Brickbat: Running Out the Clock


A Custer County, S.D., woman has sued Sheriff Marty Mechaley, Deputy Matthew Tramp and other members of the sheriff's office for violating her civil rights through their negligence in protecting her from a known threat. Harry David Evans was sentenced to life in prison earlier this year for kidnapping and raping the woman in 2017. Before that, he'd been arrested for violating a restraining order forbidding him from contacting the woman. On the night of the rape, he sent her threatening messages. She called the sheriff's office but hung up after being on hold for 10 minutes, according to the lawsuit. She then called the Hermosa town marshal, but a dispatcher told the marshal the sheriff's office was handling the call and called him off. The woman called the sheriff's office again but was once more placed and hung up. Finally, Tramp, who was on duty, called the woman. But after she complained that no one was coming to help her, "Tramp simply ran out his shift and returned home," according to the lawsuit. A couple of hours later, Evans broke into the woman's home and raped her.

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  1. Police have no duty to protect. See Warren v. District of Columbia and other case law.

    1. She, on the other hand, has an obligation to fund their salaries.

      1. See “misprision”… She also has a duty to “say something” when she “sees something”. AKA, it is her duty to serve as unpaid snitch to the state.

        Yet if is is “merely” you, yourself, who needs some protection, and you have no dog to shoot, to be offered up as sacrifice… Then you might as well not bother. Although… Had she NOT made all these calls, would she be held accountable for her misprision? You can’t win!

        Also, criminal was… “…was sentenced to life in prison earlier this year for kidnapping and raping the woman in 2017.”

        So “life” really means “2 years” now?

        1. No, everything happened in 2017.

        2. re: ‘“life” really means “2 years” now’

          I think you’re misreading the case. She is suing because the police did nothing to prevent that 2017 rape. The fact that the rapist was convicted (2 years later) says nothing about whether the police had a legal obligation in 2017 before the rape to follow up on his violation of the restraining order and/or his verbal threats.

          Which raises a couple of follow-up questions:
          1. If her rights were violated in 2017 by the failure of actions before the rape, why did she wait until now to sue? Don’t know.
          2. Does she have any hope of winning? Per Warren v. District of Columbia and others, probably not.

          1. 1. My understanding is that the general statute of limits for most torts is 3 years. 2 years then is not an unreasonable delay.

            She likely had other priorities earlier in the aftermath of the rape.

            A lawsuit may take time to prepare before filing.

            It may have taken her a while to find a lawyer willing to take the case.

  2. I have a feeling that if either the woman or the rapist had had some very valuable civil assets for forfeiture, the sheriff’s office would have acted swiftly and decisively—and would likely have used an APC or some other ex-military hardware to boot.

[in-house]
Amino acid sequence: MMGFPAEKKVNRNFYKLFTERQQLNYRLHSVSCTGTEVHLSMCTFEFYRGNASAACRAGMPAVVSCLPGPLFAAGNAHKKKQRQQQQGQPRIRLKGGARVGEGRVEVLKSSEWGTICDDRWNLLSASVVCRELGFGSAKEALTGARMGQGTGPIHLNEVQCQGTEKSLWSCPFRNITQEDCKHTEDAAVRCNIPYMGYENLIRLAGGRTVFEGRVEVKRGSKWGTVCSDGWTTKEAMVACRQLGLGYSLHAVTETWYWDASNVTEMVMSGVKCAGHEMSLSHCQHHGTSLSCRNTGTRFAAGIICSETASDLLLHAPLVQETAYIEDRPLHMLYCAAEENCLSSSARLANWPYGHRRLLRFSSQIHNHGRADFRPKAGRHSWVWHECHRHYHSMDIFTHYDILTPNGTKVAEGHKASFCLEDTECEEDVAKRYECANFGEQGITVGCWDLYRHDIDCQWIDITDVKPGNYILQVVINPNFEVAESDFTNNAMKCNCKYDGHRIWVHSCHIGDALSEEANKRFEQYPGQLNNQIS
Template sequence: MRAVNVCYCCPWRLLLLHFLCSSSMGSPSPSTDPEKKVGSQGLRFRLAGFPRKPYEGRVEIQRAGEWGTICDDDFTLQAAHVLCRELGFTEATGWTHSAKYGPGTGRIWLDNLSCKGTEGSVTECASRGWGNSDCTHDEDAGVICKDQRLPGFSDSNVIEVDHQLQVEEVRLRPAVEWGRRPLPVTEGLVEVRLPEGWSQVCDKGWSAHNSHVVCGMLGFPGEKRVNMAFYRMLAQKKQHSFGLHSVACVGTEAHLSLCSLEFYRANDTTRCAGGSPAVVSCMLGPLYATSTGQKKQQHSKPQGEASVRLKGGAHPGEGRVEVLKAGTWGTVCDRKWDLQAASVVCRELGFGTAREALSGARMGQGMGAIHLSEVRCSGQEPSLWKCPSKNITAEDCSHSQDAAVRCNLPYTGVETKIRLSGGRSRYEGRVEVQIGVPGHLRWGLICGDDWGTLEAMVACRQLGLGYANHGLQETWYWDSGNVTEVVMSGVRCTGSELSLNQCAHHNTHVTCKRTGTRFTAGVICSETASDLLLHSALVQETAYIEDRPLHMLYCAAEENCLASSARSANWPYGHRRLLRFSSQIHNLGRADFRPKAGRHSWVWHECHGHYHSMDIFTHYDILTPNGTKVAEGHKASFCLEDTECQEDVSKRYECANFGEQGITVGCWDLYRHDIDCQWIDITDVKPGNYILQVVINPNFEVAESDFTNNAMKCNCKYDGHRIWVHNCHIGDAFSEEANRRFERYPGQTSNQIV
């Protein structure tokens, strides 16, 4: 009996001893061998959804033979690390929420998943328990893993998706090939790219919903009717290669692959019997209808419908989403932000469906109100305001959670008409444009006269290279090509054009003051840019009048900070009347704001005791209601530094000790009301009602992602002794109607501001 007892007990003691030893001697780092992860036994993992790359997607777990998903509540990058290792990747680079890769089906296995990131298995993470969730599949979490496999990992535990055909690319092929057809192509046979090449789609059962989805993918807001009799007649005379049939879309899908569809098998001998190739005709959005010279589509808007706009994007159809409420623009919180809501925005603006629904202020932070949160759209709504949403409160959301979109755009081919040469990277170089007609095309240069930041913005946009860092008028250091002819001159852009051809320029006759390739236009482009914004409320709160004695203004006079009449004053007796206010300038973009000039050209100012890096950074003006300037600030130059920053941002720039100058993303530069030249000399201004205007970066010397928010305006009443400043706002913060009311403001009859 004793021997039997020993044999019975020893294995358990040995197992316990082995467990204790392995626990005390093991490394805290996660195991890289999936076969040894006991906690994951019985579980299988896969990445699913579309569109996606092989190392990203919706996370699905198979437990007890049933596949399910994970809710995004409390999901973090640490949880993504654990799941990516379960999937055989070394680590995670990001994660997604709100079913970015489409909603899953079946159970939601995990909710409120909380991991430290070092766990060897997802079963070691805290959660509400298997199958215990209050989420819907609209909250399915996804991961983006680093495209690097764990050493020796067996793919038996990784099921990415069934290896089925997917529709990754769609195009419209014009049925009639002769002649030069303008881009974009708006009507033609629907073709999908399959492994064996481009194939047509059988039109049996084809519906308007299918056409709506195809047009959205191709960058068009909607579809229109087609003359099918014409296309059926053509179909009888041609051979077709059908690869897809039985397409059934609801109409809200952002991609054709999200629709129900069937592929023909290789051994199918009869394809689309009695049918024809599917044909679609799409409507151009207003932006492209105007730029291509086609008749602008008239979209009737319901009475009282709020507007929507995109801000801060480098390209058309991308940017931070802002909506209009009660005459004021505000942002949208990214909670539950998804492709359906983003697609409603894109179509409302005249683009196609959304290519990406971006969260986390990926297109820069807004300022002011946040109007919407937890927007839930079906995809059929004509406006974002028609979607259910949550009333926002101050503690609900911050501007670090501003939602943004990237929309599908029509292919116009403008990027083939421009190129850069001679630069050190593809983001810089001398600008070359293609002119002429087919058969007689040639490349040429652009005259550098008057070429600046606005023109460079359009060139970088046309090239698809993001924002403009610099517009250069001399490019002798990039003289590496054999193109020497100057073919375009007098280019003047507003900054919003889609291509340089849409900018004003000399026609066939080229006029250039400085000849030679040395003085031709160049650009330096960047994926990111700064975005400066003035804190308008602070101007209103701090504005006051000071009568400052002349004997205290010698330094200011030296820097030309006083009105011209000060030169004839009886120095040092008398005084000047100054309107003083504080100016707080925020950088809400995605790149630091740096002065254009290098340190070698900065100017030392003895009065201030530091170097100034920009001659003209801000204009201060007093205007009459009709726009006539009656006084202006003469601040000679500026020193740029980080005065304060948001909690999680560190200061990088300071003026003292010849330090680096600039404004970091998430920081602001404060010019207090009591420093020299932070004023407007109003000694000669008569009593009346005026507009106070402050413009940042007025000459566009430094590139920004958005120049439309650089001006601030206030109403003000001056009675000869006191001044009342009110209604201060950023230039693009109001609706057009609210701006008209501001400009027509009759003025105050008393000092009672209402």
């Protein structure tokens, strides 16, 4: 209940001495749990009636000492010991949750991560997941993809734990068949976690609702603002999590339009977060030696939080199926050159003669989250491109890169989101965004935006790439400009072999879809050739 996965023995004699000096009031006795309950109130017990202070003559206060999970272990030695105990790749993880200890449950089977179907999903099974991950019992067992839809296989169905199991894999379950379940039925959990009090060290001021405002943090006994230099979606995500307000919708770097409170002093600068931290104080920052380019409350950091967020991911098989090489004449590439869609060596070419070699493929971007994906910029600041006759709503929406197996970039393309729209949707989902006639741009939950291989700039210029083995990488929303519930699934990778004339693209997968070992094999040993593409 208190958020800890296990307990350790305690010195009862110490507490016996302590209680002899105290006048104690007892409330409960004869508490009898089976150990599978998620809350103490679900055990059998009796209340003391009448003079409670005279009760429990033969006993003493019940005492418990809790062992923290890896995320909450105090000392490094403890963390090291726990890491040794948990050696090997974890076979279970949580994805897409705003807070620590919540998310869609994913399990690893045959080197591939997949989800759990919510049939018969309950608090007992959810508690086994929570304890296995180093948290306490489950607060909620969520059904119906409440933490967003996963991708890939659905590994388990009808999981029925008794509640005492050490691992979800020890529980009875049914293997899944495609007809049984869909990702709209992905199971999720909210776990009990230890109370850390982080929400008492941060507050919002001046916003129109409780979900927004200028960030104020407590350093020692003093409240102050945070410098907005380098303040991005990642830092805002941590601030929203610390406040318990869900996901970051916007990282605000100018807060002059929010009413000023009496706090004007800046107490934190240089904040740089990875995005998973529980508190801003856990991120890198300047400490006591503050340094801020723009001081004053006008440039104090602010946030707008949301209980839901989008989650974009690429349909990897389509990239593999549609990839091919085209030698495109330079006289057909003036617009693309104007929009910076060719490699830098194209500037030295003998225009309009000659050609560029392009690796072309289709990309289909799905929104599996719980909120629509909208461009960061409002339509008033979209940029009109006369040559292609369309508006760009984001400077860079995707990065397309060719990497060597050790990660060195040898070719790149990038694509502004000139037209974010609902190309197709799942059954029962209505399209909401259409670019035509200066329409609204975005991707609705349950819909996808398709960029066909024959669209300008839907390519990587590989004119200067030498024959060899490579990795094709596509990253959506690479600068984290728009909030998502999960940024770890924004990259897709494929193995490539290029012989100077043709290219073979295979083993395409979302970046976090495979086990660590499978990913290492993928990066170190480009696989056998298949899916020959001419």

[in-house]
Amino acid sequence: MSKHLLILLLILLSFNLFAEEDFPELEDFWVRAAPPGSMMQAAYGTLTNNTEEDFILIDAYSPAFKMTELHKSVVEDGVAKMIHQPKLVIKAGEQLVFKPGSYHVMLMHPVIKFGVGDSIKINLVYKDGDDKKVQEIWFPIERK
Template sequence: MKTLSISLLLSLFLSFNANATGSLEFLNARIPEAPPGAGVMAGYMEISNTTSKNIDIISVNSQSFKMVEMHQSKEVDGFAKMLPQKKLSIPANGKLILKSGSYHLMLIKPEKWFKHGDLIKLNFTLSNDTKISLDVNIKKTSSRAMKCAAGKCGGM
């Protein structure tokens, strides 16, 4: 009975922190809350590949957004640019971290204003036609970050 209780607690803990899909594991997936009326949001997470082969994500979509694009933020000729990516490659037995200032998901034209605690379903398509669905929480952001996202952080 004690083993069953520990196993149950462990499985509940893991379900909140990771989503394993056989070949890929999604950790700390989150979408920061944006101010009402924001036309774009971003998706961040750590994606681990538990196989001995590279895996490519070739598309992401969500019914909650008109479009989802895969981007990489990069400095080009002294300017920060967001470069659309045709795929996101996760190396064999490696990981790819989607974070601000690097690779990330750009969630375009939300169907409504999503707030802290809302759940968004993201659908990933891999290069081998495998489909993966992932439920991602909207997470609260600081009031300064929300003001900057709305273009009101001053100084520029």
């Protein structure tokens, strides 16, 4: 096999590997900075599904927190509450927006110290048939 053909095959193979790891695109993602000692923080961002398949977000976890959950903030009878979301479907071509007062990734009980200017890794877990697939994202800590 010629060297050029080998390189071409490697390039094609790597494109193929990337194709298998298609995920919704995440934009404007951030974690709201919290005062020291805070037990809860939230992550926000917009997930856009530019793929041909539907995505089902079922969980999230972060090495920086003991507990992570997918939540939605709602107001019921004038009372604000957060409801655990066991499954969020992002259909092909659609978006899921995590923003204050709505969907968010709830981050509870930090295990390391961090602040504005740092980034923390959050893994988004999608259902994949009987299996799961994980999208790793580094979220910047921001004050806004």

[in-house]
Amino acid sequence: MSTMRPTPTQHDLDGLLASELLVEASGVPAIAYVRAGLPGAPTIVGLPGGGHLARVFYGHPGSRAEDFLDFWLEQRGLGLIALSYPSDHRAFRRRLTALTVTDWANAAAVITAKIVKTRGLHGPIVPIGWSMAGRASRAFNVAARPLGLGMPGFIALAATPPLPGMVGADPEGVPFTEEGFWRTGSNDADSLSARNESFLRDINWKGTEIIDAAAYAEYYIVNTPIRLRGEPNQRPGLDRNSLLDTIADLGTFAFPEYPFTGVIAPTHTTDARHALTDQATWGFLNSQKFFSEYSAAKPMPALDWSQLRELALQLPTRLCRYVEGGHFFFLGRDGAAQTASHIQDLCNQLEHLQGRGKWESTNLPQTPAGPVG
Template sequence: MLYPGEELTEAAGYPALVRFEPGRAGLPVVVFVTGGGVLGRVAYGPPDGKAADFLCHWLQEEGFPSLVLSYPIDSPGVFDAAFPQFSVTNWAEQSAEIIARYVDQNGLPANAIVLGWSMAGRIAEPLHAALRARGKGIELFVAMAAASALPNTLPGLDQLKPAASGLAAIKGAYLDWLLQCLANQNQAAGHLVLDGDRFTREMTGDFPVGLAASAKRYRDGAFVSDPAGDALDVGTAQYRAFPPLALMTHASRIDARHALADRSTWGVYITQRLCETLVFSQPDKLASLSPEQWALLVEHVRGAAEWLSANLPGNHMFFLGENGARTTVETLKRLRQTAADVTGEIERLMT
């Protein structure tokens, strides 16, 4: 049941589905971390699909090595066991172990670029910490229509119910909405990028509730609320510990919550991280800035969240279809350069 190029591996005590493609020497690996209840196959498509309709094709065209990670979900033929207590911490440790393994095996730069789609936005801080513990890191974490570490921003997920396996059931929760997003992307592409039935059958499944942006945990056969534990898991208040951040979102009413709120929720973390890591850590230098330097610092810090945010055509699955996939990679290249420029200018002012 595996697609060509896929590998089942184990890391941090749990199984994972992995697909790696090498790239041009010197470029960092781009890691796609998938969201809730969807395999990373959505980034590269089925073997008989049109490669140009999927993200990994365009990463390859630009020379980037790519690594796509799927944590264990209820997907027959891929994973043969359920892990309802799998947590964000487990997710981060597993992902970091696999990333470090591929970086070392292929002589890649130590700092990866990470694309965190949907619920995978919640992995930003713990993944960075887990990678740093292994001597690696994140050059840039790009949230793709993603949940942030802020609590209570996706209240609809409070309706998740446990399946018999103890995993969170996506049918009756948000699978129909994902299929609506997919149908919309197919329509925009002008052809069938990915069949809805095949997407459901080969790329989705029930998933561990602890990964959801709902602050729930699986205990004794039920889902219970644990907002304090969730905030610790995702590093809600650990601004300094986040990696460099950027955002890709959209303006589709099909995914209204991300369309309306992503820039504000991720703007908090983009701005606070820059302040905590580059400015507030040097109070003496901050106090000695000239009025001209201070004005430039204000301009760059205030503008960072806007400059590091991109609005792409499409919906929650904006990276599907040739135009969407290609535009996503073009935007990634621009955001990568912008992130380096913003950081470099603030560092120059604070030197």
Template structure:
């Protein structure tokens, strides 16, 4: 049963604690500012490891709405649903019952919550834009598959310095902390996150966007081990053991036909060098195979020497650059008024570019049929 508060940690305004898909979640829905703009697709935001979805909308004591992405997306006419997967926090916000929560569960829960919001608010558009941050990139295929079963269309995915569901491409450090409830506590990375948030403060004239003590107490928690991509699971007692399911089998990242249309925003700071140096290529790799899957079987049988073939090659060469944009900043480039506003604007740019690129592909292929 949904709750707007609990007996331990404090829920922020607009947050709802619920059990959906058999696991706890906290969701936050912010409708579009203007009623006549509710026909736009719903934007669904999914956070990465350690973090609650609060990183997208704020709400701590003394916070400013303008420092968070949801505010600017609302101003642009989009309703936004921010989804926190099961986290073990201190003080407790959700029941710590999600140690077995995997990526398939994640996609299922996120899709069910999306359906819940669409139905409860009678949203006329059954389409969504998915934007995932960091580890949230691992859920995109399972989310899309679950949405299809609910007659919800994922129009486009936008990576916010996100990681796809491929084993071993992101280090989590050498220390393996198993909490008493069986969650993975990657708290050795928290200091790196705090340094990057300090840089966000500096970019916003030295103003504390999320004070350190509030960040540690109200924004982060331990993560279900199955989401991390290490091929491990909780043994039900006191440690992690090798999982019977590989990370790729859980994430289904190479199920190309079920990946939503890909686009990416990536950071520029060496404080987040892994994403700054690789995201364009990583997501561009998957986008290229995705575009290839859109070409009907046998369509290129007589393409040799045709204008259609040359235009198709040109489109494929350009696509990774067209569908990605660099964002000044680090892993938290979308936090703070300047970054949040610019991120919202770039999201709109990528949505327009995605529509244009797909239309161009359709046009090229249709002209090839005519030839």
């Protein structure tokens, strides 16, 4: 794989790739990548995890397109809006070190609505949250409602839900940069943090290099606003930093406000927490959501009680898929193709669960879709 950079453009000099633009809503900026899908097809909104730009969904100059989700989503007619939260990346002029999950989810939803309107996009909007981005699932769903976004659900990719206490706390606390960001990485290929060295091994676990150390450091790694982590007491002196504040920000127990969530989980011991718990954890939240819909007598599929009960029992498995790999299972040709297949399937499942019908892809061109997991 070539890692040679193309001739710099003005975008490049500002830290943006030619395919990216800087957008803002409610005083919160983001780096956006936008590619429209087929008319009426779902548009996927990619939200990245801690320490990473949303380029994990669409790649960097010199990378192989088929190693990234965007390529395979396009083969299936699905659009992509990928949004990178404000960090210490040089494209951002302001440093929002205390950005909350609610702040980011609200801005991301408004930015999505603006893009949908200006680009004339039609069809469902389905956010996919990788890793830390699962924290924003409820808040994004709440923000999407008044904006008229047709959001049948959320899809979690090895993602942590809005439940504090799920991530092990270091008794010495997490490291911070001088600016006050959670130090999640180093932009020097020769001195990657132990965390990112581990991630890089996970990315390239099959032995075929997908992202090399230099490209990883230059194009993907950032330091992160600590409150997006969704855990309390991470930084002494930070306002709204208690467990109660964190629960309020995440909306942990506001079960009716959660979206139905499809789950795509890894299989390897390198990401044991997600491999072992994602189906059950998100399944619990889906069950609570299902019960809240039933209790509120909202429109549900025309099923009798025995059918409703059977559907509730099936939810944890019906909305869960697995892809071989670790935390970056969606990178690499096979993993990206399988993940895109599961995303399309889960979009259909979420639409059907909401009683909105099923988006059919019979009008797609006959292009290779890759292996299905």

At the very least, she should have provided a dog or other pet for the deputies to shoot. The lesson here is that if you want a response, you have to make it worth their while.

    1. Everybody knows in case of emergency you don’t yell “Rape!”, you yell “Fire!”. Should have called the fire department.

      1. No, you just say “He threatened to kill cops”.

      2. Should have called the fire department.

        Or CPS.

  3. I saw that movie on Lifetime Channel about 25 years ago.

  4. A well regulated Militia, being necessary to the security of a free State, the right of the people to keep and bear Arms, shall not be infringed.

    1. Her first call, after 2017, should have been to Mr. Glock.

  5. Had that woman been my sister, cousin, or friend, and I knew that asshole had threatened her, I would have at least made sure she had something to protect herself with. Even if it was my bird gun, I’d give her my .410 just to make sure she could protect herself. Even still, fuck those guys – give her every penny.

  6. Hopefully this gets thrown out. She should’ve owned a gun.

  7. From the article – “The lawsuit alleges that Custer County authorities advised the woman not to use a firearm to protect herself.”


    1. Don’t take advice from anyone named Custer.

  8. Simply taking this case is blatant malpractice. This lawyer is obviously defrauding this idiot lady into thinking she has a chance.

  9. I’m sorry. With the benefit of hindsight, we know the threats were real and imminent. However, that might not be the case every time.

    The police have other responsibilities that have to be triaged. In this, evidence and resources have to be weighed. They cannot be held criminally liable for not arresting someone who violated their parole within a matter of hours. You just cannot run a police department with that kind of liability.

    Does the sheriff need to be voted out? That’s a different story, as this calls the competence of the department into question.

  10. At the risk of blaming the victim why did she stay at home?

  11. I guess she learned the hard way that she needs to depend on herself (and Smith & Wesson) for her defense.

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